The last resolution was only adhered to for a few months. Lotty could not do without her little one, and eventually brought it back to her own home. It is not an infrequent thing to find little children living in disorderly houses. In the profession Lotty had chosen there are, as in all professions, grades and differences. She was by no means a vicious girl, she had no love of riot for its own sake; she would greatly have preferred a decent mode of life, had it seemed practicable. Hence she did not associate herself with the rank and file of abandoned women; her resorts were not the crowded centres; her abode was not in the quarters consecrated to her business. In all parts of London there are quiet by-streets of houses given up to lodging-letting, wherein are to be found many landladies, who, good easy souls, trouble little about the private morals of their lodgers, so long as no positive disorder comes about and no public scandal is occasioned. A girl who says that she is occupied in a workroom is never presumed to be able to afford the luxury of strict virtue, and if such a one, on taking a room, says that "she supposes she may have friends come to see her?" the landlady will understand quite well what is meant, and will either accept or refuse her for a lodger as she sees good. To such houses as these Lotty confined herself. After some three or four years of various experiences, she hit upon the abode in Milton Street, and there had dwelt ever since. She got on well with Mrs. Ledward, and had been able to make comfortable arrangements for Ida. The other lodgers in the house were generally very quiet and orderly people, and she herself was quite successful in arranging her affairs so as to create no disturbance. She had her regular elientèle; she frequented the roads about Regent's Park and Primrose Hill; and she supported herself and her child.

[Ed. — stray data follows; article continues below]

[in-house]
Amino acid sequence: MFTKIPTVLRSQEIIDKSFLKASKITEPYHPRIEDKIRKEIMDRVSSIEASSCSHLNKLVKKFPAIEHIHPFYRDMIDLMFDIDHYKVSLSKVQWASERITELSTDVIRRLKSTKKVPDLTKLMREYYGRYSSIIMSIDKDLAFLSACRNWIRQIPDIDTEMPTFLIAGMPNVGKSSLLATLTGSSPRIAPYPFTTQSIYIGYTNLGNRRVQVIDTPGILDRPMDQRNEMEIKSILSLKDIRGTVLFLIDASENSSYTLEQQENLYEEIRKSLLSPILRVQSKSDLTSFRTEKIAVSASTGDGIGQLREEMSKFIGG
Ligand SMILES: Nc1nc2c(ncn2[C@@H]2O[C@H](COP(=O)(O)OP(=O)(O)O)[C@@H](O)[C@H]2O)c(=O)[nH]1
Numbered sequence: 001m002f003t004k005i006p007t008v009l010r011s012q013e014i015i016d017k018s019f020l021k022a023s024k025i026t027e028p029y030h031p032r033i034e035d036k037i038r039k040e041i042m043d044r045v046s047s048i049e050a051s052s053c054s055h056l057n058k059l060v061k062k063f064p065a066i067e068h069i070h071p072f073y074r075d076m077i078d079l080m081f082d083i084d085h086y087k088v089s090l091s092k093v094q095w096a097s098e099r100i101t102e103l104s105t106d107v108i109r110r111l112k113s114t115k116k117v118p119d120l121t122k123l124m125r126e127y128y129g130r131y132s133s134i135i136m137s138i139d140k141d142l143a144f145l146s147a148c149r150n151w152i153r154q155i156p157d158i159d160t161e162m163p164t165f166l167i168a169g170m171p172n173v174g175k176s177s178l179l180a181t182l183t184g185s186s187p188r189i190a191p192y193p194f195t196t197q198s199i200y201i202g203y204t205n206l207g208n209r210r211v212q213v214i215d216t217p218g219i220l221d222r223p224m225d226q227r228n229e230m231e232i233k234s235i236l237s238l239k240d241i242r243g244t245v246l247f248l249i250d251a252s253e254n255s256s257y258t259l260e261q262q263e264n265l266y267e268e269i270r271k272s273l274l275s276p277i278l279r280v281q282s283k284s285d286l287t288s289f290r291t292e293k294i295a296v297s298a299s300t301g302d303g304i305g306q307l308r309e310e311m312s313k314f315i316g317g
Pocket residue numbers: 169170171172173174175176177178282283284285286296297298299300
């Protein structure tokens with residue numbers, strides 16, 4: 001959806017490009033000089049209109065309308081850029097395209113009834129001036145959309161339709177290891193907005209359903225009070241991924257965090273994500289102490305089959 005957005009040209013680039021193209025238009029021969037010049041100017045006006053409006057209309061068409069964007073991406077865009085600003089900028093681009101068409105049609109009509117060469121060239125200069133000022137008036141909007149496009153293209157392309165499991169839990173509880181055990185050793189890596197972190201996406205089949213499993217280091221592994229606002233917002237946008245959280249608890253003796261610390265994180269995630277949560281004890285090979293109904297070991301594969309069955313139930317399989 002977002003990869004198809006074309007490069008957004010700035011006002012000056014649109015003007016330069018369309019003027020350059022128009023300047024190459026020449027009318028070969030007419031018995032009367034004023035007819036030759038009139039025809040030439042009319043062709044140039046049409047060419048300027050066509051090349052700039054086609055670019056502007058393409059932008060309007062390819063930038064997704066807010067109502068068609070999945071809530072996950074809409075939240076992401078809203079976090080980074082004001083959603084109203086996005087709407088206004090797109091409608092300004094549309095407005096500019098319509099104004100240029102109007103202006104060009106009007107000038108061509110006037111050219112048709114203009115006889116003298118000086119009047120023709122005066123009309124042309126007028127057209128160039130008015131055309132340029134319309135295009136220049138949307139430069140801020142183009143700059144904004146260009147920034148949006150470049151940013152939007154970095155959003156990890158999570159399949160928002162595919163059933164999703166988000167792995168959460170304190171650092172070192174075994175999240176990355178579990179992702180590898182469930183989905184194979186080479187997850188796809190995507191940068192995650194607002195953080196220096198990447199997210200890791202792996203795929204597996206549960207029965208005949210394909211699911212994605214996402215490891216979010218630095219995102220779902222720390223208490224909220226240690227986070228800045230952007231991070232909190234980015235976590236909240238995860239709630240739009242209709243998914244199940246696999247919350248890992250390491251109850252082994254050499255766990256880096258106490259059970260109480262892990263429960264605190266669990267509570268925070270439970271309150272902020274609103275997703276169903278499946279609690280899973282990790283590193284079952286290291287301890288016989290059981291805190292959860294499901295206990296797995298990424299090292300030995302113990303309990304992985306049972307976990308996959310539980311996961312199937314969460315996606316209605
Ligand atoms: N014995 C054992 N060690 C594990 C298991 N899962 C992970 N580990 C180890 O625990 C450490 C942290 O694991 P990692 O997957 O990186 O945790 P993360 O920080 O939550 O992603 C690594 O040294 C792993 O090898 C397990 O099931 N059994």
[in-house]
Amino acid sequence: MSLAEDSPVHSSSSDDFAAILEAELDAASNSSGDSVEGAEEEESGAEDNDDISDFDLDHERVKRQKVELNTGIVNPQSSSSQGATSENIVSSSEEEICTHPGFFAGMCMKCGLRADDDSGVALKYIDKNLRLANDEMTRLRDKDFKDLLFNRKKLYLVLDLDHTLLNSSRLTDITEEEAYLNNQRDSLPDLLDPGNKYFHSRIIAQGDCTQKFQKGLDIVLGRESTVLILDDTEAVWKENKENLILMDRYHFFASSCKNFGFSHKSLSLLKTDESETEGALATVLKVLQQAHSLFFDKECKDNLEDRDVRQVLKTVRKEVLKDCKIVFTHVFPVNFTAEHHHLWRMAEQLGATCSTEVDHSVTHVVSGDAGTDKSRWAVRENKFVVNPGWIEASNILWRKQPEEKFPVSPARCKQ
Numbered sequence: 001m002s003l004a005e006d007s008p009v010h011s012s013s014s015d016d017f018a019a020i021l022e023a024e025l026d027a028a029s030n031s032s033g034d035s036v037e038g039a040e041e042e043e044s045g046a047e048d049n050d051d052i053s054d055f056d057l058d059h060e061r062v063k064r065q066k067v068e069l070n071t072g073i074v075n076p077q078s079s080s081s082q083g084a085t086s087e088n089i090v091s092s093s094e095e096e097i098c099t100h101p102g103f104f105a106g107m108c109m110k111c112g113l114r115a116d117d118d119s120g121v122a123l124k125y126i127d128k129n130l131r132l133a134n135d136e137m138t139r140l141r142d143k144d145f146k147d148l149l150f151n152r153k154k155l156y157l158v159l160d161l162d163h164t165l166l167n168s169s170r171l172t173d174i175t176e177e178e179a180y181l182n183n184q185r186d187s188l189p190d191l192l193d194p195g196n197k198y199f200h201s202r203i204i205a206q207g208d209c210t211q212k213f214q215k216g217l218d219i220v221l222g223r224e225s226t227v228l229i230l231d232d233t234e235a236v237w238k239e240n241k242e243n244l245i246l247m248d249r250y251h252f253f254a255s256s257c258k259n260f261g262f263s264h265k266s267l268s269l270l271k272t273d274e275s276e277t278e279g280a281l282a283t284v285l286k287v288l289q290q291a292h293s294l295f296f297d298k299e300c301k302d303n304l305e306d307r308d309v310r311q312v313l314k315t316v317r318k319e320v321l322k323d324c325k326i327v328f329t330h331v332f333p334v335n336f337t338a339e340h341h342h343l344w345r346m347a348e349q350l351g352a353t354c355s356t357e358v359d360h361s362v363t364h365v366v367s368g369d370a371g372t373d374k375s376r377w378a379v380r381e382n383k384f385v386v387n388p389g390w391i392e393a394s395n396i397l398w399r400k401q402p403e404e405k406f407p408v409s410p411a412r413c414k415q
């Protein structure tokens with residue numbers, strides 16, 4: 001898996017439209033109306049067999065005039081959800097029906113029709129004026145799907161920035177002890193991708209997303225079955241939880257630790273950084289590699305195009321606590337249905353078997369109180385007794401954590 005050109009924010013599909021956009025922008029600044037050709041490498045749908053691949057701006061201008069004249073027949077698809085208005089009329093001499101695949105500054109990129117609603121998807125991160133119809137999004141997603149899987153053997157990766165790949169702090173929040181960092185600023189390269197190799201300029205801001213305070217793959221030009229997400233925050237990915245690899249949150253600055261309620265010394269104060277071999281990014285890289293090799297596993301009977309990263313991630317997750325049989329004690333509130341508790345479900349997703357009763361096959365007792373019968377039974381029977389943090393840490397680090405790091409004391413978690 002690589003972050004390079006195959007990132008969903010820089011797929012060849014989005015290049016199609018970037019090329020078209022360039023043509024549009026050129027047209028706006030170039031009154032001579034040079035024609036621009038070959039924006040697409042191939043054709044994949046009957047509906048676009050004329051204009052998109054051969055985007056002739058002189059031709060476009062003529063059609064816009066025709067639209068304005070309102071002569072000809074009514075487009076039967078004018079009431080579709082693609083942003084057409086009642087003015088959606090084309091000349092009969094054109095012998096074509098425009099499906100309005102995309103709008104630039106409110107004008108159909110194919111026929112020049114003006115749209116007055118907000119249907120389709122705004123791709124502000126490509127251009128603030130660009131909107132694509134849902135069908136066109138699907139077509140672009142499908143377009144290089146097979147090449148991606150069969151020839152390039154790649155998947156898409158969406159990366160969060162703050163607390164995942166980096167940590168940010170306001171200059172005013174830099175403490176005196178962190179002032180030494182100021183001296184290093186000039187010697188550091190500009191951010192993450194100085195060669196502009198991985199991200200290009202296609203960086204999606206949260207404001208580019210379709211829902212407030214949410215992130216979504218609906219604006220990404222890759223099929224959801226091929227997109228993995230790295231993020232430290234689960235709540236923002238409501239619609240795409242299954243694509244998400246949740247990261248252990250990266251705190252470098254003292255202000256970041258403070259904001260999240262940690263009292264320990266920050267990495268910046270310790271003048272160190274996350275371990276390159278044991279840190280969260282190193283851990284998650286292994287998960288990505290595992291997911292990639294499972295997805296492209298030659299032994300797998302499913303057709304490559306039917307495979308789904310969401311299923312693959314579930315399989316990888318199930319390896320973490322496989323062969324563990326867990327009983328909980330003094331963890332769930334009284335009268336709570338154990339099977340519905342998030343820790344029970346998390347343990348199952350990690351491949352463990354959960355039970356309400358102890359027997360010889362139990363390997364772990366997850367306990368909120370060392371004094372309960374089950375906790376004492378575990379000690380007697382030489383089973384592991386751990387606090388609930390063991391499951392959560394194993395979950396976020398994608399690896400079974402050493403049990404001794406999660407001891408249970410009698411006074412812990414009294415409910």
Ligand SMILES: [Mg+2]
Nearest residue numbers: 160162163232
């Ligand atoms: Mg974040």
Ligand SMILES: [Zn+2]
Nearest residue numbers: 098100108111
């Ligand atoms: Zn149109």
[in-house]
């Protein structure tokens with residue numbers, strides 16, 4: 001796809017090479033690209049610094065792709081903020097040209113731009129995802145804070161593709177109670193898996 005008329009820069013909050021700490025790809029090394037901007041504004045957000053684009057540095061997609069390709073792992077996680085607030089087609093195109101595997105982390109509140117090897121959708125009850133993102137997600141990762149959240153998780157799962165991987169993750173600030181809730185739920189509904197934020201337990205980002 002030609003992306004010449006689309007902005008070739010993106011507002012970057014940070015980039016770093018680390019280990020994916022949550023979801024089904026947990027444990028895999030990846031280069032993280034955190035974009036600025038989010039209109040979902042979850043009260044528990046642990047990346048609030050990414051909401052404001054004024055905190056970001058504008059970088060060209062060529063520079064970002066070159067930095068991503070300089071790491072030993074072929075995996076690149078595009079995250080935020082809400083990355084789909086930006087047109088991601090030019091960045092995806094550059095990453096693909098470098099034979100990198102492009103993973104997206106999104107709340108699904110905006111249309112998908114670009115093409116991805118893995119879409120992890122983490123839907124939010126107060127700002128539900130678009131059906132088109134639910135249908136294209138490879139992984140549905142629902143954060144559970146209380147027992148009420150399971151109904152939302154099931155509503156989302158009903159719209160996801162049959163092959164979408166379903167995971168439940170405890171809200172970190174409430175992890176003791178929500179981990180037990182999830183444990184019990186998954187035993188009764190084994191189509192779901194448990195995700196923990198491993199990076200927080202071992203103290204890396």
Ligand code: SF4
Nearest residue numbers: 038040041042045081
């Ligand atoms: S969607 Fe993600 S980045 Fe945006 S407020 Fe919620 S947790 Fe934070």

Ida Starr's bringing up was in no respect inferior to that she would have received in the home of the average London artisan or small tradesman. At five years old she had begun to go to school; Mrs. Ledward's daughter, a girl of seventeen, took her backwards and forwards every day. At this school she remained three years and a half; then her mother took her away, and put her under the care of Miss Rutherford, a better teacher. When at home, she either amused herself in Lotty's room, or, when that was engaged, made herself comfortable with Mrs. Ledward's family, with one or other of whom she generally passed the night. She heard no bad language, saw nothing improper, listened to no worse conversation than any of the other children at Miss Rutherford's. Even at her present age of ten it never occurred to her to inquire how her mother supported herself. The charges brought by Harriet Smales conveyed to her mind no conception of their true meaning; they were to her mere general calumnies of vague application. Her mother "bad," indeed! If so, then what was the meaning of goodness? For poor Lotty's devotion to the child had received its due reward herein, that she was loved as purely and intensely as any most virtuous parent could hope to be; so little regard has nature for social codes, so utterly is she often opposed to all the precepts of respectability. This phrase of Harriet's was the very first breathing against her mother's character that Ida had ever heard. Lotty had invented fables, for the child's amusement, about her own earlier days. The legend was, that her husband had died about a year after marriage. Of course Ida implicitly believed all this. Her mind contained pictures of a beautiful little house just outside London in which her mother had once lived, and her imagination busied itself with the time when they would both live in just that same way. She was going to be a teacher, so it had been decided in confidential chats, and would one day have a school of her own. In such a future Lotty herself really believed. The child seemed to her extraordinarily clover, and in four more years she would be as old as a girl who had assisted with the little ones in the first school she went to. Lotty was ambitious. Offers of Mrs. Ledward to teach Ida dressmaking, she had put aside; it was not good enough.